We attend the live debut of the droptop in chilly Los Angeles
Temperatures were unseasonably cold in Los Angeles, California last night; coincidentally creating perfect conditions for Land Rover to unveil its Range Rover Evoque Convertible to members of the media. Company design director, the typically rakish Gerry McGovern, was able to wear a scarf as he presented the company’s all-weather convertible, striking a pose that should be standard issue for owners of this niche lifestyle vehicle.
Journalists schmoozed and played a game of Nissan CrossCabriolet Jokes One-Upsmanship before the event started, of course. But there’s no question that the Evoque soft-top is better positioned to succeed than its Japanese quasi-forbearer. The resounding reason? The Range Rover isn’t tremendously ugly, for a start.
I’ll admit that, when I saw the debut photos of the Evoque Convertible, I found the stubby proportions and roof-down silhouette to be a bit jarring. Seen in the metal, the thing resonates with me more. Presented in white paint over black wheels, especially, the high beltline and visual mass of the vehicle are lowered and reduced, respectively.
I was also impressed that the sneaky capaciousness of the standard Evoque seems to have been carried over to the convertible version – at least for passengers. At six-feet, five-inches tall I was able to sit comfortably in the rear of the crossover, with another six-footer in the seat forward of me. With the convertible top raised, my head did get flattened a bit, but not so much that I’d avoid riding in the back for stints of 10 or 20 minutes.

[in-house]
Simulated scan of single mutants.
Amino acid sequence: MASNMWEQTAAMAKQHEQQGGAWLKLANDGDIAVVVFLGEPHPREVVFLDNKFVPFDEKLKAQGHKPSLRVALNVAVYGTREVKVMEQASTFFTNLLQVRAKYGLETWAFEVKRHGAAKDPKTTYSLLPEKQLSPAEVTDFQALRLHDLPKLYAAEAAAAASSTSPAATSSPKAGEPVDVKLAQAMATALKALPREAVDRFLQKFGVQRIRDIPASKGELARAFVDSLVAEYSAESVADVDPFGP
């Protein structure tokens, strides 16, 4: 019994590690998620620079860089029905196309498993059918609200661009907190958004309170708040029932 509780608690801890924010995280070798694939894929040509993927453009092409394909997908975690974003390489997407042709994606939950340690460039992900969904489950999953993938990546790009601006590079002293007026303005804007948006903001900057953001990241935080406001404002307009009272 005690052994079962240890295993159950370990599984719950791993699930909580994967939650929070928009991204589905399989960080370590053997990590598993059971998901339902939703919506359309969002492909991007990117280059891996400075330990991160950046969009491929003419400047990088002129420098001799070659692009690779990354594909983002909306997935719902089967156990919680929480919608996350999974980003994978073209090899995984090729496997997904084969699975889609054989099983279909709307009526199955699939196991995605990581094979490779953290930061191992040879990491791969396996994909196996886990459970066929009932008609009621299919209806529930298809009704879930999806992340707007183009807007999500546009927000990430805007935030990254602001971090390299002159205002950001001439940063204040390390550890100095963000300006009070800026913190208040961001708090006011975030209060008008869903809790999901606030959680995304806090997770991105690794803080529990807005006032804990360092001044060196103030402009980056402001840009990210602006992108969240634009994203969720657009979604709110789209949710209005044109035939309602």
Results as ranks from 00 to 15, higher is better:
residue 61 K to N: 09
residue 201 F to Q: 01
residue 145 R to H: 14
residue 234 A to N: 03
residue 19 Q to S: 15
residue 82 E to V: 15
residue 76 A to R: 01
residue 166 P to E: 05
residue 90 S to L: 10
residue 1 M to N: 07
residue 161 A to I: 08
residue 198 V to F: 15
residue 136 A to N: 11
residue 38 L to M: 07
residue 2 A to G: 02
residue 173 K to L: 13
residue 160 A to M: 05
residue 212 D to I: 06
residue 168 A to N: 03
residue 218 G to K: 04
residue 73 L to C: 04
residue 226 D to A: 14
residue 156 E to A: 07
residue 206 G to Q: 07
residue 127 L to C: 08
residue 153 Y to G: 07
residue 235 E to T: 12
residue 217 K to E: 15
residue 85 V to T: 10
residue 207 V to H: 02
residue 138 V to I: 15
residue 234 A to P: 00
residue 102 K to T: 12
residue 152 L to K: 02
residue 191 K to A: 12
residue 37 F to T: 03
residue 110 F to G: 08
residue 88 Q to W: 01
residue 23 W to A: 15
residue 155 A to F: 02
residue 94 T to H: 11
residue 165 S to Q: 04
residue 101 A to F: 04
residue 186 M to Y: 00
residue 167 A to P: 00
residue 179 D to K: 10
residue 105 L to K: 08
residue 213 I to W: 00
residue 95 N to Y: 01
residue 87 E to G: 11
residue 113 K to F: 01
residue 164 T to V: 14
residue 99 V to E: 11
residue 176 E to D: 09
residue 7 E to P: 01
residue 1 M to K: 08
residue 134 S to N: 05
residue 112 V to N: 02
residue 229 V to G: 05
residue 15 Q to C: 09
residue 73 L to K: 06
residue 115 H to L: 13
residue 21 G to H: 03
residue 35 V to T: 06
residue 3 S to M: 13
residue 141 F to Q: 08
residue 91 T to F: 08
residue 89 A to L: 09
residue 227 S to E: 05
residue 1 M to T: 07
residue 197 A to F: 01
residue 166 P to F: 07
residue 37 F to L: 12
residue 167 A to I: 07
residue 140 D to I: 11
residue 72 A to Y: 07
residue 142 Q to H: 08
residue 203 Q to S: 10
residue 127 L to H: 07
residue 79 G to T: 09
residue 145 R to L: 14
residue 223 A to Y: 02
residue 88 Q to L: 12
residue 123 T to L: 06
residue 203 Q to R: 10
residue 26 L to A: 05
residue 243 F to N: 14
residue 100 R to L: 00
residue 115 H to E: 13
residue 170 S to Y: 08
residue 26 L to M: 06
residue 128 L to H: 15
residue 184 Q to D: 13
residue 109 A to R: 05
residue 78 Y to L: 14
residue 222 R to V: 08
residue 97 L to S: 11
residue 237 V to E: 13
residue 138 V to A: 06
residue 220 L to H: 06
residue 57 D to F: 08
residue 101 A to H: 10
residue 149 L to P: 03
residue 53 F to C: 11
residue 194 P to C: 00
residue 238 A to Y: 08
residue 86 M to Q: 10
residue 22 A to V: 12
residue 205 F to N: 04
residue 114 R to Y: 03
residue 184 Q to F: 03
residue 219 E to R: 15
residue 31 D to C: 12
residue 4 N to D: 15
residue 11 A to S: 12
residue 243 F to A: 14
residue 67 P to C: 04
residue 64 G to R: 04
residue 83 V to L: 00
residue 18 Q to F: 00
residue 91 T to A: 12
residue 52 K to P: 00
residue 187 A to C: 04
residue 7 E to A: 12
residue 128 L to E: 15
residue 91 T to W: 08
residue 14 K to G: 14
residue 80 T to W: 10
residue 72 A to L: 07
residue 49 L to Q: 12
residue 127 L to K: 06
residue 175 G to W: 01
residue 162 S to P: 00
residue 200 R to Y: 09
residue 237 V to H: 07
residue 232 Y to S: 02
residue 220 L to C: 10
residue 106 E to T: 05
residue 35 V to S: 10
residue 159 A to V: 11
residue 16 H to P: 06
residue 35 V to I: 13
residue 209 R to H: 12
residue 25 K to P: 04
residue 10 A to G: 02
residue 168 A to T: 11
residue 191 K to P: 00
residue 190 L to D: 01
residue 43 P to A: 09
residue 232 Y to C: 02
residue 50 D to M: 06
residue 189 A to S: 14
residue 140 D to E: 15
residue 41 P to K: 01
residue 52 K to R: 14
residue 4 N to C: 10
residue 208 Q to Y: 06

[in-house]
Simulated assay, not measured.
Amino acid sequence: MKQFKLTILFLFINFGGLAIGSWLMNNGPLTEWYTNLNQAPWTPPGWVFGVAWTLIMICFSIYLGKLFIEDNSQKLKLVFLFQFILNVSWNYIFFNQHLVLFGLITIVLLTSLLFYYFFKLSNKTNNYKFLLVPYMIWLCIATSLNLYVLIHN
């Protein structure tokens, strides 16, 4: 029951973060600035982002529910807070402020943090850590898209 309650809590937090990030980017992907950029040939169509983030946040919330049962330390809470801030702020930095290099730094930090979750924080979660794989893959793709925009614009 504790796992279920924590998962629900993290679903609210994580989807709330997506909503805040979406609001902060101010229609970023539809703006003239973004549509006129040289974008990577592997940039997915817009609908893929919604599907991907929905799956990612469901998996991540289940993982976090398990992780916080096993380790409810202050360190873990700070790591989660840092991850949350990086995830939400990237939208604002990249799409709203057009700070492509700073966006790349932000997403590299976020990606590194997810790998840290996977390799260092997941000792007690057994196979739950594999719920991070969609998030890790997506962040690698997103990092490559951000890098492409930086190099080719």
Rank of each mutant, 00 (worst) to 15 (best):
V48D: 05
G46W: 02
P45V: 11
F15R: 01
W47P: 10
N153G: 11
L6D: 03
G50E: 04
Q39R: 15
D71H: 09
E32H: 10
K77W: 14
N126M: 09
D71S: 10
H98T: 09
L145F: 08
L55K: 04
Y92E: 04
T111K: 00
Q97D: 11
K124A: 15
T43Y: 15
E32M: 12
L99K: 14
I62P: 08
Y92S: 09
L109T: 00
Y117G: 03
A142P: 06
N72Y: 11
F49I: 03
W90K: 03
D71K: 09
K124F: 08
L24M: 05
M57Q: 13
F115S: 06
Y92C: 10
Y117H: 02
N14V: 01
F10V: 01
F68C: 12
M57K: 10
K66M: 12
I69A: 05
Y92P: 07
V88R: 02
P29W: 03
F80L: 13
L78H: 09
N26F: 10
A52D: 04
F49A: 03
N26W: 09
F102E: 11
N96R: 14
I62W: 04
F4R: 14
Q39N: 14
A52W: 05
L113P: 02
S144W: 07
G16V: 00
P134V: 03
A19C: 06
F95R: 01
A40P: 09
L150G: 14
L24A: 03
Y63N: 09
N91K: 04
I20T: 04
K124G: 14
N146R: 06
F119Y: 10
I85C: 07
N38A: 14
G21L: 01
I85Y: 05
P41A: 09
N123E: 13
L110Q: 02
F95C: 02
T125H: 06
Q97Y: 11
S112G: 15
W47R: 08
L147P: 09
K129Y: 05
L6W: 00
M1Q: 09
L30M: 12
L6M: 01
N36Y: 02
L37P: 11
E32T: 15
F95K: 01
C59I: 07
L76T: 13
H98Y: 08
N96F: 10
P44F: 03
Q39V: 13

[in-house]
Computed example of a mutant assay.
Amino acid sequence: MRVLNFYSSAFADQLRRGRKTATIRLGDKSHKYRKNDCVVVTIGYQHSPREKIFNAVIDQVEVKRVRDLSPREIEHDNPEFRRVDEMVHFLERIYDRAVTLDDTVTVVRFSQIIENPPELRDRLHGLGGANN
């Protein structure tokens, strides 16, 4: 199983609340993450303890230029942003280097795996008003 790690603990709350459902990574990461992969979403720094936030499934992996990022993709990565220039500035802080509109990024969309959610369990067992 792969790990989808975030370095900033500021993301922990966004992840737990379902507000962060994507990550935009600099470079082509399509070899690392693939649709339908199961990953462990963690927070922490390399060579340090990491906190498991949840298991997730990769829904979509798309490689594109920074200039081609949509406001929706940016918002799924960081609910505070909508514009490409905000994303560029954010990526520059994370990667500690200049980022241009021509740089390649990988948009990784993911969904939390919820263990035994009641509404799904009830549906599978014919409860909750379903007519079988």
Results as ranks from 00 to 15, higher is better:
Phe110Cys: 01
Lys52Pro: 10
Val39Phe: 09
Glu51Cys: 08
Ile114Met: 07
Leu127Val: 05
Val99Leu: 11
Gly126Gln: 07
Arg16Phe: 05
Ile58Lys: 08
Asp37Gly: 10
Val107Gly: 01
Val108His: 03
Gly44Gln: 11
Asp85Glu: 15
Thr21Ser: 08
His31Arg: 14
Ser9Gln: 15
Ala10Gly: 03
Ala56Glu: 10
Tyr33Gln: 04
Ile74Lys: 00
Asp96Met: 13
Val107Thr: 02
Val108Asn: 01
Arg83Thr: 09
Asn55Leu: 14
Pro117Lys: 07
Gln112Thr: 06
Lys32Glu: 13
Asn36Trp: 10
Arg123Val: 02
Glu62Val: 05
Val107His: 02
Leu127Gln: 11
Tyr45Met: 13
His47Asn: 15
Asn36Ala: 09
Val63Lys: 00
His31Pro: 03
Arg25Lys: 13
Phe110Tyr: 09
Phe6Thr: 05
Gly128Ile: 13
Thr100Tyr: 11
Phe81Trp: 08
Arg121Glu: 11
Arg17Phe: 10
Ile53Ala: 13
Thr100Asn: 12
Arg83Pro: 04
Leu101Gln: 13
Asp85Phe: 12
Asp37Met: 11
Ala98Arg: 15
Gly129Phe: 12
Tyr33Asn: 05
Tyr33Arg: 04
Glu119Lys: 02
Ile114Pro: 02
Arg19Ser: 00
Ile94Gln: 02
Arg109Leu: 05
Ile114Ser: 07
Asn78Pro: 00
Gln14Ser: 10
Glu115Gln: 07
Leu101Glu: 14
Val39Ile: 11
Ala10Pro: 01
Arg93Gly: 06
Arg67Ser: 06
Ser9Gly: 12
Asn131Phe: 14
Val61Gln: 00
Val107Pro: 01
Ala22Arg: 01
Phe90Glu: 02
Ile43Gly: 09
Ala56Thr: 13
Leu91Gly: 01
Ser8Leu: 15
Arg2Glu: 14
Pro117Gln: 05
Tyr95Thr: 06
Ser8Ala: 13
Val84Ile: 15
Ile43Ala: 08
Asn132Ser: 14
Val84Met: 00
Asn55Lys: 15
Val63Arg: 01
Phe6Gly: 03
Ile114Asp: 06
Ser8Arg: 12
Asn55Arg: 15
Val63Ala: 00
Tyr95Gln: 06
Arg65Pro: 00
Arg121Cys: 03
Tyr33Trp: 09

Clearly engineers have absorbed the convertible mechanisms into storage space, not passenger space. The boot of the Evoque is quite limited in both aperture and capacity, though company reps did remind me that there’s a pass-through for “skis” and “2x4s.” That last one uttered without a trace of irony.
Construction vehicles they are not, but McGovern hammered home the point that the Evoque three- and five-door crossovers have been a tremendous success. The compact Range Rover has sold more than 400,000 units since its debut, and the company sees room to expand the idiom. It’s too early to speculate on sales figures for this upcoming convertible, but one can imagine it taking up a supporting role in the range not unlike droptops from Mini, Fiat, and Volkswagen, to say nothing of Mercedes-Benz and BMW. As a vacation-home-tender for weekenders in Veil or Waikiki. And certainly, cold weather or not, hotbeds of money and style like LA should see a big share of the Evoque Convertible style.